I don’t know if you’ve ever been here, but I sure have, and something inside me tells me you likely have too if you have ever participated in endless online video meetings. Whether it is via Zoom, or Teams, I feel my attention dropping in meetings because of technology. And that is a problem.
Let’s take the example of Microsoft Office 365 Teams. It happens to be our corporate system for messaging, chatting and calls, whether video or voice. It is a combination of Skype and Slack and it allows me to do many things at the same time. And why wouldn’t I … but I should not.
The problem here is that my autistic 50-year old brain lights up when I can do many things at the same time. It makes me feel efficient when I can fire off a chat request about a point we discussed in a meeting to one of my team members, proudly announcing to the other participants in the meeting “They’re on it” … chasing a compliment or an admiring nod.
This used to be more, or is it less of a problem in earlier days. With the exception of the apps of the Microsoft suite, one app represented one functionality. If I wanted to call, I used my phone. If I wanted to video conference, I skyped. That even became a verb. And if I wanted to present something, I used Powerpoint and sent the slides beforehand. Now I can use Powerpoint within Teams during a presentation while chatting with my collaborators about something different.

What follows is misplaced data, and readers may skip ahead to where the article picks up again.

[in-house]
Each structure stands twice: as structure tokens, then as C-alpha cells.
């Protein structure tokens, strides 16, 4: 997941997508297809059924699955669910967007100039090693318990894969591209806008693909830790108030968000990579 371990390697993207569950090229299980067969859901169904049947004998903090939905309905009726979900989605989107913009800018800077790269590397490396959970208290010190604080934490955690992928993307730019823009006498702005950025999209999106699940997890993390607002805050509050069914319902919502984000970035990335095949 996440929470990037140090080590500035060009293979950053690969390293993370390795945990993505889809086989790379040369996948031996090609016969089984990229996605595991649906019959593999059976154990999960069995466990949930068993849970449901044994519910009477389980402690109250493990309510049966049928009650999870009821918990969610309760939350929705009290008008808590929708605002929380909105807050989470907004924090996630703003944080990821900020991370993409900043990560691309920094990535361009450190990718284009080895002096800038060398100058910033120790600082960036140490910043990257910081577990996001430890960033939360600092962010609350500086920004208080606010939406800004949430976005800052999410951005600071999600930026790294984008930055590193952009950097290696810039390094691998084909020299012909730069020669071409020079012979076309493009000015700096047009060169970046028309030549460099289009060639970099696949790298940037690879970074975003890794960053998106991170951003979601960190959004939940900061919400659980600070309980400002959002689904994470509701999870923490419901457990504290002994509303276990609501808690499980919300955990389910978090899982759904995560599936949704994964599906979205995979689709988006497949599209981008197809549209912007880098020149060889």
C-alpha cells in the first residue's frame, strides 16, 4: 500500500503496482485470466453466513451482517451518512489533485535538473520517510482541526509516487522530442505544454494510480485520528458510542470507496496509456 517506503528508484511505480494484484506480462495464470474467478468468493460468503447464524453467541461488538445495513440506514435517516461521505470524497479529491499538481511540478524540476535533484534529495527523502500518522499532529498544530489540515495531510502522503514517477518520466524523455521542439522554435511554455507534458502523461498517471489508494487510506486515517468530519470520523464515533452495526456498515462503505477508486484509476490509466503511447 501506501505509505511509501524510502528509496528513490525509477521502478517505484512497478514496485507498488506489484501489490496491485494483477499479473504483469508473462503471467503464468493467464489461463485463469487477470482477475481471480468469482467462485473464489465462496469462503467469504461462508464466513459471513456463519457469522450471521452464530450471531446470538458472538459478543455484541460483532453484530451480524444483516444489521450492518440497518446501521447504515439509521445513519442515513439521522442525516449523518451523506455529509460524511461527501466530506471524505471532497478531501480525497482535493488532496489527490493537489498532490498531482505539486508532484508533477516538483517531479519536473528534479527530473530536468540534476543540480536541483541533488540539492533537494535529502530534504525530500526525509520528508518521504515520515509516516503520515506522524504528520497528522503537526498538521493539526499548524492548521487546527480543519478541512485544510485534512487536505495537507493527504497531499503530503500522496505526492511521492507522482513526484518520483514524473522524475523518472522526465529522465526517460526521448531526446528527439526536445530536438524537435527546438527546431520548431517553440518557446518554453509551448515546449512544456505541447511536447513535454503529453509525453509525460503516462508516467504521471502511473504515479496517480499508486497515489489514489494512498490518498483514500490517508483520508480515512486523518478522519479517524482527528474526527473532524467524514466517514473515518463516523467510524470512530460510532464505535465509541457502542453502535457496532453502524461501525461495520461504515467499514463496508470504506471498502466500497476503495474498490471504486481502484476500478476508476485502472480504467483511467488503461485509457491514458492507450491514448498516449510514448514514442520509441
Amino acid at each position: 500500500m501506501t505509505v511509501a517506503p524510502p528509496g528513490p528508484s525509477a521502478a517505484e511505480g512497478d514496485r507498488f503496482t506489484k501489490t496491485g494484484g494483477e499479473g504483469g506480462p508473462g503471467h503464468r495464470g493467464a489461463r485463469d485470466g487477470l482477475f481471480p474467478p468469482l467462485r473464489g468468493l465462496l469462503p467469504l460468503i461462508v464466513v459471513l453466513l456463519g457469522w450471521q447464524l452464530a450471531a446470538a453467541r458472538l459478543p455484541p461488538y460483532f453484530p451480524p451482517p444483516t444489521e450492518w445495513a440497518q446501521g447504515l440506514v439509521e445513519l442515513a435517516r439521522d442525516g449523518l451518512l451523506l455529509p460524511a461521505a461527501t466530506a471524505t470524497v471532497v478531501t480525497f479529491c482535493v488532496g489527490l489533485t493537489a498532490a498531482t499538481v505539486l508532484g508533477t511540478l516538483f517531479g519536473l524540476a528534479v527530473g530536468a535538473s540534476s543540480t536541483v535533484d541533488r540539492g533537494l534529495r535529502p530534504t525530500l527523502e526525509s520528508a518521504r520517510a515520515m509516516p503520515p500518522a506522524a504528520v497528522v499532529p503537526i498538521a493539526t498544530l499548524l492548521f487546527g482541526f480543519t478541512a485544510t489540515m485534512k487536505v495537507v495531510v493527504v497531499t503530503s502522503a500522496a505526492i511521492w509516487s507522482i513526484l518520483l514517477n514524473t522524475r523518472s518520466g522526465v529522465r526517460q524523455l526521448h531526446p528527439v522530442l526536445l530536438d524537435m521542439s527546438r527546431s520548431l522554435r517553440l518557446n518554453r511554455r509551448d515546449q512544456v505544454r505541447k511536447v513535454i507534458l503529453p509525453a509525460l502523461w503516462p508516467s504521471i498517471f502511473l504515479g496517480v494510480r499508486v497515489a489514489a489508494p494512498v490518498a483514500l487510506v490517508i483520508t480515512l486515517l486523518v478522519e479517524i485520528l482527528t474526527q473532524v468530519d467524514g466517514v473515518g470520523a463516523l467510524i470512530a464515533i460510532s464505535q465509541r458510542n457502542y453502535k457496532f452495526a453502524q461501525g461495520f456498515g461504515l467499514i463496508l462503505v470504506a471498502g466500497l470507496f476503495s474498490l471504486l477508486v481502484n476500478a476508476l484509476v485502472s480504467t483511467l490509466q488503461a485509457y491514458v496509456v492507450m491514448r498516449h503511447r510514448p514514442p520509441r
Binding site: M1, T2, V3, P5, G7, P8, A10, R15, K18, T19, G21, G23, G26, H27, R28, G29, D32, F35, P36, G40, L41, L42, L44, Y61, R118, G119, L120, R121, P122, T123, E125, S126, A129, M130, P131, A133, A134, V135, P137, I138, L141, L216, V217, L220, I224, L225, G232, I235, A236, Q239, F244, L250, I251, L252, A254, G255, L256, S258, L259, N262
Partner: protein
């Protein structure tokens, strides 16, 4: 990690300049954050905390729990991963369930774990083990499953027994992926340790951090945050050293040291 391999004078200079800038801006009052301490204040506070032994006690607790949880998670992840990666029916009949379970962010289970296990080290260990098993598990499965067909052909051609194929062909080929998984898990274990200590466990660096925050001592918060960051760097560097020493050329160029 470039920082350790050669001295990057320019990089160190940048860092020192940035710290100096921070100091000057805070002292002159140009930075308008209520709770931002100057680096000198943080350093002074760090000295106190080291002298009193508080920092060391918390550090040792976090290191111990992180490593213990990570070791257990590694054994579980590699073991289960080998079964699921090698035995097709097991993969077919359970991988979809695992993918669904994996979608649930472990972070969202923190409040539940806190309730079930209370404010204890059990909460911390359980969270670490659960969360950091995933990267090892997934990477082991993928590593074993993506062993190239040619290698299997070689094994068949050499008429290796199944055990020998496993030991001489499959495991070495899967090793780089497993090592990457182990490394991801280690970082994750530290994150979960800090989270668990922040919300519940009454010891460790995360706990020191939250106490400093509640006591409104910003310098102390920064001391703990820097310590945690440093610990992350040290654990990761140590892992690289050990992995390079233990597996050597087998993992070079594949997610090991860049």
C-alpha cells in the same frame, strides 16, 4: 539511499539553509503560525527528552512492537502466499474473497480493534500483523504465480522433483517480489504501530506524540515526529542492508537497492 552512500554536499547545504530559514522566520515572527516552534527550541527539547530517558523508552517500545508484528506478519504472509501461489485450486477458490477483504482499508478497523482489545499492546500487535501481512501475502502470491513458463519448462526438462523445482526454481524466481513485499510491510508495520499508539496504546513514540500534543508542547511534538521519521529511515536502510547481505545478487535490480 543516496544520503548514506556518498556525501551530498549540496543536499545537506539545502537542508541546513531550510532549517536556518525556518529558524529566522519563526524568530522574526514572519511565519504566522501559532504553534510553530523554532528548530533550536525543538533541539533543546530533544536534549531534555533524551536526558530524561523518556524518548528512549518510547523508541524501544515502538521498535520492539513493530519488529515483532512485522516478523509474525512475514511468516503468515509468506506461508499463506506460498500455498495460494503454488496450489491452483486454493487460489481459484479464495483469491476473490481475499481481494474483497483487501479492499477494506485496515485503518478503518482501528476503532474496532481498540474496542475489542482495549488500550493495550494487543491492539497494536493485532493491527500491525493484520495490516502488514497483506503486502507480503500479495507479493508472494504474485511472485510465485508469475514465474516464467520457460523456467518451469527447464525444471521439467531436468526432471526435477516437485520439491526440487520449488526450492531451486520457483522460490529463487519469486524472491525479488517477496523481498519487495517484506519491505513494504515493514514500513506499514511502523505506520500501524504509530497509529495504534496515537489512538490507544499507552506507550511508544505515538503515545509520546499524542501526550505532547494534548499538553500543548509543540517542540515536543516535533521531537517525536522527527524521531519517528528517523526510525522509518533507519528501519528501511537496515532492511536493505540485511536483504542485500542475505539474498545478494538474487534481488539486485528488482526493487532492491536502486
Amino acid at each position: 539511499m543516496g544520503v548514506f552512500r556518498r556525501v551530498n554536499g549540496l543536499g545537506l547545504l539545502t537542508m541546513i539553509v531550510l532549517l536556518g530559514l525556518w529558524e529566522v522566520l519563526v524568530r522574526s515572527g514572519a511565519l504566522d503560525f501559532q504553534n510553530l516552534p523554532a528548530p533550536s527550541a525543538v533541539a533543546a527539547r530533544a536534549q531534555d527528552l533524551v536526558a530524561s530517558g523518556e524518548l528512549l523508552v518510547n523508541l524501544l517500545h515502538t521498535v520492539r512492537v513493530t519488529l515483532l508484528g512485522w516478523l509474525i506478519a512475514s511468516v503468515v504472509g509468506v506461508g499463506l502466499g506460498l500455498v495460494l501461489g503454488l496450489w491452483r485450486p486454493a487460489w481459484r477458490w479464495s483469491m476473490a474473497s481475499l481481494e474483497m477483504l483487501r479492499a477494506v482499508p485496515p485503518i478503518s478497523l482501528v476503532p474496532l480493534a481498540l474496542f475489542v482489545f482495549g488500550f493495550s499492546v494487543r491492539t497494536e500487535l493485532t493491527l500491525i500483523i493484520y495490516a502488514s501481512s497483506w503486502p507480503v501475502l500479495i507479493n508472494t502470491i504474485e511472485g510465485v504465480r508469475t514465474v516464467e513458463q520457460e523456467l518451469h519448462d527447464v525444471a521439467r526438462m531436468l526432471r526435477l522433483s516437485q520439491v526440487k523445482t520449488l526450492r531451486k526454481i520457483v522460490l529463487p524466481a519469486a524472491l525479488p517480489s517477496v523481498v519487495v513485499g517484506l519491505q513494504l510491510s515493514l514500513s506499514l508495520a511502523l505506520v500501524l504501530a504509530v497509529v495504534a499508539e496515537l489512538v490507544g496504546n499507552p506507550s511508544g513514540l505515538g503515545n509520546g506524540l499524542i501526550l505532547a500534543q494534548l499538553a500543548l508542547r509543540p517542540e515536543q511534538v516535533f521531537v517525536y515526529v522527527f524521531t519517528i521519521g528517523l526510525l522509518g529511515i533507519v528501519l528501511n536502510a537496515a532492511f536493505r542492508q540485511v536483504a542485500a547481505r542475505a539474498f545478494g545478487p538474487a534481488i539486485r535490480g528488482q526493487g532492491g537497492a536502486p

My conclusion, we are in dire need of focus and attention, and an active commitment to be all there, to be present in the moment. We need to respect ourselves by not succumbing to multi-tasking, and we need to respect the other participants we are with in the video call. That is not the case right now. People are staring right through you on the screen. It is amazing what you can see in lack of attention when you are looking at the faces projected below a presentation. And that is not the worst: more than once I’ve sat through a presentation interrupted by no doubt important calls. And then you see the video of someone having a different conversation with someone else, on mute. Or worse … not on mute.
Now, I can whine about it, but there is a solution. The solution is a choice we will need to make. And the choice is conceptually simple, but not that easy in practice. We need to decide to be present in our meetings. What does that mean?
It means that we commit to single tasking, not doing anything else but be in the meeting. I can accept that you take notes on the same computer you are using to participate in the meeting, but ideally, have a dedicated note taker that shares his or her notes.
It also means that you silence notifications, both on your computer and on your phone. Better yet, switch it off. None of us is likely a trauma surgeon, and I don’t think trauma surgeons carry their phones with them into the operating theatre.
And finally, let’s decide to participate in less meetings. The way to do that is to question why your presence is essential in the meeting. If it is a way for the organiser to cover him- or herself, don’t participate, and be clear about why. If you have no direct added value in the meeting, being it as someone deciding or contributing fundamental elements, do not participate.
The tools we have are powerful indeed, and they allow us to do more than ever before. But should we?